In the beginning are the words: Language and education

One of the most powerful lessons that Tolkien teaches in The Hobbit and The Lord of the Rings is that the things possessed can possess the possessor. This addictive possessiveness, or what might be called crass materialism, is known as the dragon sickness in The Hobbit. It afflicts not only the dragon Smaug but several other characters. In The Lord of the Rings, this dragon sickness manifests itself in the power of the Ring, in which those who covet the Ring’s power become subject to the very power they hope to obtain, possessed by their possessiveness so that they become possessed by their possession of it.

This lesson is a reiteration of the lesson that Christ teaches that where our treasure is, there our heart will be also. It is, therefore, important that we learn to desire those treasures which are truly good for our souls, and not those which will imperil them.

One of the most important things that a true and good education must teach is the desire to possess words, the possession of which liberates us from the slavery of ignorance. Words are necessary because they are the very things with which we do out thinking. We can only make sense of the world and our place within it if we have the vocabulary to articulate our thoughts. It’s not simply that we need words to communicate with others, we need words, first and foremost, to communicate with ourselves. If we are unable to make sense of the complexity of our situation because we do not have the words in our mind to articulate what’s going on in our lives, we are doomed to the sort of frustration which leads to despondency and despair—and rage and violence, which is their toxic fruits.

Since this is so, one of the primary goals of education should be the enrichment of the students through their acquisition of words. The goal should be to encourage students to increase their vocabulary or, to employ the language of the Anglo-Saxons, to add to their word-horde. The more words they possess, the more they will be able to understand the goodness, truth, and beauty of reality. And this means that the acquisition of new words should be an integral part of education at all levels, and not merely at the elementary level.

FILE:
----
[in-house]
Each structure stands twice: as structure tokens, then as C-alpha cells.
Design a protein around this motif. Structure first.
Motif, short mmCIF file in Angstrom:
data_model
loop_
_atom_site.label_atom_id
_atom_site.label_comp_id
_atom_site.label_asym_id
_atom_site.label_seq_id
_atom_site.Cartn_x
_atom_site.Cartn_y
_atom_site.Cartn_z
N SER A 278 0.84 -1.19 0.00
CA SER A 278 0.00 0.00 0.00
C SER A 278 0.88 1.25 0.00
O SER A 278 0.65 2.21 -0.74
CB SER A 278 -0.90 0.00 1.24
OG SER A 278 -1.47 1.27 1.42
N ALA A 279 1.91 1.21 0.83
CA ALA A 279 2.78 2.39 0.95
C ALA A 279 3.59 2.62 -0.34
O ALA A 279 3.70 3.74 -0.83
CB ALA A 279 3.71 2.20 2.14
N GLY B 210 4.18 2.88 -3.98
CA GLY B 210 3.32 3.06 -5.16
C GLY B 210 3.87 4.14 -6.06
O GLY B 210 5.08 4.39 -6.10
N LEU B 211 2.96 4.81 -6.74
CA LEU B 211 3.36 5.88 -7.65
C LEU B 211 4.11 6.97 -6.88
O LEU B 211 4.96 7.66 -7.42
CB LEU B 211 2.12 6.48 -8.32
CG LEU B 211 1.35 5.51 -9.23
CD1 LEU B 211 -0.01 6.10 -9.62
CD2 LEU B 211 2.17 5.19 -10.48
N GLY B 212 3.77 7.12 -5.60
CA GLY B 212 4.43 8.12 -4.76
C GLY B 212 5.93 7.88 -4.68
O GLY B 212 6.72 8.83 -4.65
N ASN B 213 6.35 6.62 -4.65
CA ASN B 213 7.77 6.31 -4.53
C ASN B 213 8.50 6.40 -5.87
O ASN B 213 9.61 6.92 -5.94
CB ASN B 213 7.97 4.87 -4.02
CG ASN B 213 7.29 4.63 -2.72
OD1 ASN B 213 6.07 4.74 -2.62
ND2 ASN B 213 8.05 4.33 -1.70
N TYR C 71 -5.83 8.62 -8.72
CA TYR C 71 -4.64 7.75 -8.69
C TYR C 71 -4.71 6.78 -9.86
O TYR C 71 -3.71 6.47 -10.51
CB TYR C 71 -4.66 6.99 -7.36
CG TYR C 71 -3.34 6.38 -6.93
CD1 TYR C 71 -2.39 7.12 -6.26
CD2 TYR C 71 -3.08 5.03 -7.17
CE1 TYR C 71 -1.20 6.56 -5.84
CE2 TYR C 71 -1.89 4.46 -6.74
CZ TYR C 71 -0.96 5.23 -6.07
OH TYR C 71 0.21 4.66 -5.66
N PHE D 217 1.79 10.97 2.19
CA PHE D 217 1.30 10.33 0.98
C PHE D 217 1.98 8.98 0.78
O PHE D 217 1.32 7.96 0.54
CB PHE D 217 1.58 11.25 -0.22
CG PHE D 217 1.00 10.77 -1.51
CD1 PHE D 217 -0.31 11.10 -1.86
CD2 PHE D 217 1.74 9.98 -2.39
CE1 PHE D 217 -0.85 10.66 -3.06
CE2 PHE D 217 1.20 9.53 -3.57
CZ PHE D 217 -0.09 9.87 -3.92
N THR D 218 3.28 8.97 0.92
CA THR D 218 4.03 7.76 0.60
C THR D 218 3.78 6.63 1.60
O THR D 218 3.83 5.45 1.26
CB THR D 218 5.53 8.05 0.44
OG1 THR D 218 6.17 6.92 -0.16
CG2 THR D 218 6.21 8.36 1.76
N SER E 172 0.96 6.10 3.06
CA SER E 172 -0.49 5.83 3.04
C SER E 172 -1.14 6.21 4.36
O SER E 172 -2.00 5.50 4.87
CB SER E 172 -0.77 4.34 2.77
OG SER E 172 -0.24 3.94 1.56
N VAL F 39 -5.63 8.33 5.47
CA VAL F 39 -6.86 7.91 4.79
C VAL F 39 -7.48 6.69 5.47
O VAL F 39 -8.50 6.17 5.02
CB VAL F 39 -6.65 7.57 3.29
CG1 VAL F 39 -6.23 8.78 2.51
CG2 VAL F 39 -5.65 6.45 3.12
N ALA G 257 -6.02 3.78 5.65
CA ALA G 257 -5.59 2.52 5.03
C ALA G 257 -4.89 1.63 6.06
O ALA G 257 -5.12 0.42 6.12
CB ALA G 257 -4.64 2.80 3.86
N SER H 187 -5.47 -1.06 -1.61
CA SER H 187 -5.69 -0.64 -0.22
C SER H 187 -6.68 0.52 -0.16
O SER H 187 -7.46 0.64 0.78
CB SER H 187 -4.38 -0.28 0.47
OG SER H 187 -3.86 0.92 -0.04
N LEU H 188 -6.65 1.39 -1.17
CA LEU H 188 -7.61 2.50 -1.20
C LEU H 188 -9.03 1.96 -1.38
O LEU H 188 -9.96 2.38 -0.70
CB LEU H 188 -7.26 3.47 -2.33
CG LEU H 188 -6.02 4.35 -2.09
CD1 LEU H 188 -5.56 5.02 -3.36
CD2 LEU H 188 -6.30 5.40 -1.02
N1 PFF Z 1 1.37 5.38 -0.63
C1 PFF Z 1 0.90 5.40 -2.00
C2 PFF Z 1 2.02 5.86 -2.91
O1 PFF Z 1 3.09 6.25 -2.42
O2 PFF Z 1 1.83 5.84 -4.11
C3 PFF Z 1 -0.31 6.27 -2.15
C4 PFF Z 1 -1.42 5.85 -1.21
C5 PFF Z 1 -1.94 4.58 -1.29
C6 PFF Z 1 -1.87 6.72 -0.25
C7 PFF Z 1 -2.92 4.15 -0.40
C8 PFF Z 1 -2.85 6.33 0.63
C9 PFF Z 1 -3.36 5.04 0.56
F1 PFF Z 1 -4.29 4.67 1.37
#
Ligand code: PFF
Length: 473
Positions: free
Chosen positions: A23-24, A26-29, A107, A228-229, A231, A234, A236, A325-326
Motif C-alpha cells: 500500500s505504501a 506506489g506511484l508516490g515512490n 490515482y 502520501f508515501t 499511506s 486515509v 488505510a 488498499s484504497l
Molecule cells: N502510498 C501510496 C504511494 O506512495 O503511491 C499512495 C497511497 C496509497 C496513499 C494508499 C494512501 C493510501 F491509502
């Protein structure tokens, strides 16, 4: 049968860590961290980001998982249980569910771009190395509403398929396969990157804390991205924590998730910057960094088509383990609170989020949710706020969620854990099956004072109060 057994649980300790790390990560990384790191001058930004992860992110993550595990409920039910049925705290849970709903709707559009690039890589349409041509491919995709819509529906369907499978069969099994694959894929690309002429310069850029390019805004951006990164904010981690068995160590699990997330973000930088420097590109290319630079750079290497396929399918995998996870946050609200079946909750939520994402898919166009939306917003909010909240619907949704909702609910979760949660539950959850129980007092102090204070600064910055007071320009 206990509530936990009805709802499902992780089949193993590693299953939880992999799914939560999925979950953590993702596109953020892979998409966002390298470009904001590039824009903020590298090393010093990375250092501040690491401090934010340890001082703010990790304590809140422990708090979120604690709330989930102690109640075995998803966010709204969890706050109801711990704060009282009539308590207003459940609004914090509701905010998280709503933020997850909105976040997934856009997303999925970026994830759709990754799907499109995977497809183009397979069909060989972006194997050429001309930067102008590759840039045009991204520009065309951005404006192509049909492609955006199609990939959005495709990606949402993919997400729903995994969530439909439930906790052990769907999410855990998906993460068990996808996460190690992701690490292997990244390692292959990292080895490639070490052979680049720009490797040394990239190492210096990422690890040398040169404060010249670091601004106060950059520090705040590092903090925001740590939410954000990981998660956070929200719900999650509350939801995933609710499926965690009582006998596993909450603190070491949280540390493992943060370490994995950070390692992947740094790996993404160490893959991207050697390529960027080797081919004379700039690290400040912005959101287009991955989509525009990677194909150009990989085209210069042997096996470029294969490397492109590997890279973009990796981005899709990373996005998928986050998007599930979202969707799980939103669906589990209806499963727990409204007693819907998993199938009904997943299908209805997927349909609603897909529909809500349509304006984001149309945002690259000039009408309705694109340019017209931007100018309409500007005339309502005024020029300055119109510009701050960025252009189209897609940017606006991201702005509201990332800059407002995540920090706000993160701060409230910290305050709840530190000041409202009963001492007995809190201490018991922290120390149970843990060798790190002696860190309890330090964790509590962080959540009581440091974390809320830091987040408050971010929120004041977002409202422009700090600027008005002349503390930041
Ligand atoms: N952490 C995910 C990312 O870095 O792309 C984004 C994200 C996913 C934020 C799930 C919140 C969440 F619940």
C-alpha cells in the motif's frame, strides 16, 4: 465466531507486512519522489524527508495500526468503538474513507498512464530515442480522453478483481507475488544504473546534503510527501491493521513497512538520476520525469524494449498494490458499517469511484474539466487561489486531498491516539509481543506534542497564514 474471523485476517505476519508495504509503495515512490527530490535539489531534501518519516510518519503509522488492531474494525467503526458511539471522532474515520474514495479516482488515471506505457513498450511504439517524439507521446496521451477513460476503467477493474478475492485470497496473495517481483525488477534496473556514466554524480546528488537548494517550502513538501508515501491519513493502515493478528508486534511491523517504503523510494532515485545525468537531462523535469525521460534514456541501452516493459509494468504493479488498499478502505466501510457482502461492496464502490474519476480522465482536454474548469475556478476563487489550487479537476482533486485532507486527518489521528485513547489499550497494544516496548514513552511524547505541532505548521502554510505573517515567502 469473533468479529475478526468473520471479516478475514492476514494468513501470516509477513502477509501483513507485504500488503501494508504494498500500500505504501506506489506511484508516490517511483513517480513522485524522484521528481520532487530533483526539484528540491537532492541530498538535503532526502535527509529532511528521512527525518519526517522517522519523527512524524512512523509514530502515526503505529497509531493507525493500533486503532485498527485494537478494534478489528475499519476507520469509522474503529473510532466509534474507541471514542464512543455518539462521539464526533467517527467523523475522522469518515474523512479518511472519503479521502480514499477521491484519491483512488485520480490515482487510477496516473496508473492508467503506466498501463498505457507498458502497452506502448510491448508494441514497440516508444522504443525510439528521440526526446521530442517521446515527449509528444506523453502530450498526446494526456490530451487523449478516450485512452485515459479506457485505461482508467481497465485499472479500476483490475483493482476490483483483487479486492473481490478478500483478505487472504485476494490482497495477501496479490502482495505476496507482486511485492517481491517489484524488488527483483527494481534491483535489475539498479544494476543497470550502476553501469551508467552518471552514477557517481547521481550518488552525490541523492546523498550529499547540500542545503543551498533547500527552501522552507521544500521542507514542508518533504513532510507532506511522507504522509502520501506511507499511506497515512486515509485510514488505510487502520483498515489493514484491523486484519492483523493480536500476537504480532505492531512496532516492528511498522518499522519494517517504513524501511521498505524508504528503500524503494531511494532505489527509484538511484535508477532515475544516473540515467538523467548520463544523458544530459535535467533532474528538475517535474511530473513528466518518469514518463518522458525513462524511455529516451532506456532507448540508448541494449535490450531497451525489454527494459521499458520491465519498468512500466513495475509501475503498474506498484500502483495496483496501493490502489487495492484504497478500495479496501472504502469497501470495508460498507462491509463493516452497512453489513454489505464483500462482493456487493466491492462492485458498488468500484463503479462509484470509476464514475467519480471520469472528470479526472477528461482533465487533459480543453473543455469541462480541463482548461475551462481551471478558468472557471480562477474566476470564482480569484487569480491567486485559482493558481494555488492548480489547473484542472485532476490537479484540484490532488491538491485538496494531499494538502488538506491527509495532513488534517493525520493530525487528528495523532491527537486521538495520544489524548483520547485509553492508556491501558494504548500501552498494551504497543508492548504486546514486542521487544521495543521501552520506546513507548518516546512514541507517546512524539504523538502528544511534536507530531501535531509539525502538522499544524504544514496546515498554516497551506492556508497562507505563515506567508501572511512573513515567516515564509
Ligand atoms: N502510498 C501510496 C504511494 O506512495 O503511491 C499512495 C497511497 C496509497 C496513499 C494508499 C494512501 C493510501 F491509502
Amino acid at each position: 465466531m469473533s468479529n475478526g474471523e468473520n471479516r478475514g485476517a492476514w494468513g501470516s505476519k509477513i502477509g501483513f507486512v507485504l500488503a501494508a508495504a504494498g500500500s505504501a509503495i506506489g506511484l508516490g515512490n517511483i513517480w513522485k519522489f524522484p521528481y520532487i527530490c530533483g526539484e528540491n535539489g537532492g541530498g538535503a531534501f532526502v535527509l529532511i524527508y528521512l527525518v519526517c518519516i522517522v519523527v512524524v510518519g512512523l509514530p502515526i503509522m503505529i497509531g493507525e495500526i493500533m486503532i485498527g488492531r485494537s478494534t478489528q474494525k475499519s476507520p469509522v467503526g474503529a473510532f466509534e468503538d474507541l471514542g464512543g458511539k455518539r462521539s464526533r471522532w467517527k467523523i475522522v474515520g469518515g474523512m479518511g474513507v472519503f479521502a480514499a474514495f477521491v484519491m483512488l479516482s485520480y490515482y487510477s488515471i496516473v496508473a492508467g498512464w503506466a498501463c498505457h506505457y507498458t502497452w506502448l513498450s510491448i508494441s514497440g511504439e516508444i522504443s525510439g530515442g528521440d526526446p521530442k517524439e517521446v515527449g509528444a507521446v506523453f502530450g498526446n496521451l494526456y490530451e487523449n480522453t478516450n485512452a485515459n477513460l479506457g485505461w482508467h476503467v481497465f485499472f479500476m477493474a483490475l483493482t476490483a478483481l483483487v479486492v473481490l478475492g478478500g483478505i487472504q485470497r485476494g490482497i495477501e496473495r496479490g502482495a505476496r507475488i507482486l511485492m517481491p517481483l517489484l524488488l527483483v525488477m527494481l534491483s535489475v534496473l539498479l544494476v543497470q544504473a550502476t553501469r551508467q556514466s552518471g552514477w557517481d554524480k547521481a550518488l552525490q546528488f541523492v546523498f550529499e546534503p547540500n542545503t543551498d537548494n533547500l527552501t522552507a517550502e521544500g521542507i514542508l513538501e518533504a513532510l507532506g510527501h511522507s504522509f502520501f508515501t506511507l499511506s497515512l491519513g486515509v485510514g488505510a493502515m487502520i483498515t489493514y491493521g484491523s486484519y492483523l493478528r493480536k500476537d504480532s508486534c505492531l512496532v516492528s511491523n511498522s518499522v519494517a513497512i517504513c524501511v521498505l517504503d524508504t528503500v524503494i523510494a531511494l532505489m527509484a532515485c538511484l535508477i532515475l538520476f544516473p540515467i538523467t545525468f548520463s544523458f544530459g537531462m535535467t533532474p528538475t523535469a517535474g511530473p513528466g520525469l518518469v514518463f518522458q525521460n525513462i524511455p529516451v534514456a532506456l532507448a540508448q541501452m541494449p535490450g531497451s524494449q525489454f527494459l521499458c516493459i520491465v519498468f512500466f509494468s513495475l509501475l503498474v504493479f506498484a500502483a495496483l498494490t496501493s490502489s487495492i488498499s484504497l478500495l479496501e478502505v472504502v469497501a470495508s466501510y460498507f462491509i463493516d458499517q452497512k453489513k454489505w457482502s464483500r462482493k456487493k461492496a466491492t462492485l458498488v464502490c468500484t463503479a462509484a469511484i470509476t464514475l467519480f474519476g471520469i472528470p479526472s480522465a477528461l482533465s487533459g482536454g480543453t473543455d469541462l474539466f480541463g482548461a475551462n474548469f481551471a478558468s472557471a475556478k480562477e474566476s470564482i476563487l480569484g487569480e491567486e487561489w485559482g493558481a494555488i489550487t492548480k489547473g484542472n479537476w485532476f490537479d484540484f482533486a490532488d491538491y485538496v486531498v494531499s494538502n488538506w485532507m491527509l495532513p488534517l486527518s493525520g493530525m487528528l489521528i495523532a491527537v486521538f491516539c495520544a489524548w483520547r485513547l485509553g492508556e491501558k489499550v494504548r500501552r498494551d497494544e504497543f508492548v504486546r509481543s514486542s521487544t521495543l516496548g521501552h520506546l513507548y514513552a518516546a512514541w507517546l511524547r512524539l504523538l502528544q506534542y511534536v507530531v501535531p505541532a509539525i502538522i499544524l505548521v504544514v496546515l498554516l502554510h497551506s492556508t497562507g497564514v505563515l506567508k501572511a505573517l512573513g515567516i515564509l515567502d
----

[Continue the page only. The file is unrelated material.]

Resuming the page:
As an illustration of this, a piece of advice I give to those wishing to improve their writing skills is that they should read good books. The fact is that you write as well as you read, not least because good books exhibit a rich and grandiloquent vocabulary, enabling us to acquire the wealth which each new word bestows upon us. And what is true of the ability to write well is true of the ability to think well. It is a fact that we think as well as we read. And since the ability to communicate with others is dependent on the ability to communicate with ourselves through the eloquence of our thoughts, we might also say that we speak as well as we read.

All of the foregoing illustrates that an ongoing part of all education should be the reading of the Great Works in one’s native tongue. For English speakers, this means reading Shakespeare, whose grandiloquence is unequalled, and also other great masters of the language: Donne, Herbert, Crashaw, Milton, Dryden, Pope, Dr. Johnson, Wordsworth, Coleridge, Austen, Newman, Dickens, Hopkins, Chesterton, Belloc, Eliot, and Tolkien, etc. It’s not only the wisdom to be found in these works that will enrich us, but also the gift of new words which we will add to our own personal vocabulary.

Unlike the possession of many things, which may prove perilous to the mind and the soul, the possession of more words only makes us richer. In short and in sum, the wealth that words bestow upon us is the power to better understand who we are and where we fit into the wider scheme of things: our purpose and our place in the cosmos.

To conclude on a metaphysical note, we can say that the beauty of words is that they give us access to the goodness of truth. In the beginning was the Word, and words are the way that the Word can be better understood and communicated. It is for this reason that the learning of words should be at the heart of all true education.

JOSEPH PEARCE is a senior fellow at The Cardinal Newman Society and editor of its journal. He is a senior contributor at The Imaginative Conservative and senior editor at the Augustine Institute. His books include biographical works on C.S. Lewis, Shakespeare, Tolkien, Chesterton, Solzhenitsyn and Belloc.